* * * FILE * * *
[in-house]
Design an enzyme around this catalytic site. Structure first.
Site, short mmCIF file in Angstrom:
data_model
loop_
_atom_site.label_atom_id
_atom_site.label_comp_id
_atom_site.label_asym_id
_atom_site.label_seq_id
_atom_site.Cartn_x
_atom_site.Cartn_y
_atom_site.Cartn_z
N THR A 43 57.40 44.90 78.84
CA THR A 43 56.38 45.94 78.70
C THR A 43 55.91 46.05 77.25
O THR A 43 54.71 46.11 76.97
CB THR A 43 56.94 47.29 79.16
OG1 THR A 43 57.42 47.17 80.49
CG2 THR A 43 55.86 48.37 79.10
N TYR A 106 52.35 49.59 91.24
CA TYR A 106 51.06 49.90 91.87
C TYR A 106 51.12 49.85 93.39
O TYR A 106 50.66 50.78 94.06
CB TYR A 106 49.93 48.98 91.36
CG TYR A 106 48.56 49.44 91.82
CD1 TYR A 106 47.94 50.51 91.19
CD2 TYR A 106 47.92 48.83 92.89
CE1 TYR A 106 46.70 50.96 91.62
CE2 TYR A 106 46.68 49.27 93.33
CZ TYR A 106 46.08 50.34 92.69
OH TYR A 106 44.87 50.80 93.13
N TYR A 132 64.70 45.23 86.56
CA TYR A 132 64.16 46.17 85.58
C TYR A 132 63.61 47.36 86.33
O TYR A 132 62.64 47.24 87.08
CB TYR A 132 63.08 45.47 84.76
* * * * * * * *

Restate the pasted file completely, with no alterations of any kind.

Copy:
[in-house]
Design an enzyme around this catalytic site. Structure first.
Site, short mmCIF file in Angstrom:
data_model
loop_
_atom_site.label_atom_id
_atom_site.label_comp_id
_atom_site.label_asym_id
_atom_site.label_seq_id
_atom_site.Cartn_x
_atom_site.Cartn_y
_atom_site.Cartn_z
N THR A 43 57.40 44.90 78.84
CA THR A 43 56.38 45.94 78.70
C THR A 43 55.91 46.05 77.25
O THR A 43 54.71 46.11 76.97
CB THR A 43 56.94 47.29 79.16
OG1 THR A 43 57.42 47.17 80.49
CG2 THR A 43 55.86 48.37 79.10
N TYR A 106 52.35 49.59 91.24
CA TYR A 106 51.06 49.90 91.87
C TYR A 106 51.12 49.85 93.39
O TYR A 106 50.66 50.78 94.06
CB TYR A 106 49.93 48.98 91.36
CG TYR A 106 48.56 49.44 91.82
CD1 TYR A 106 47.94 50.51 91.19
CD2 TYR A 106 47.92 48.83 92.89
CE1 TYR A 106 46.70 50.96 91.62
CE2 TYR A 106 46.68 49.27 93.33
CZ TYR A 106 46.08 50.34 92.69
OH TYR A 106 44.87 50.80 93.13
N TYR A 132 64.70 45.23 86.56
CA TYR A 132 64.16 46.17 85.58
C TYR A 132 63.61 47.36 86.33
O TYR A 132 62.64 47.24 87.08
CB TYR A 132 63.08 45.47 84.76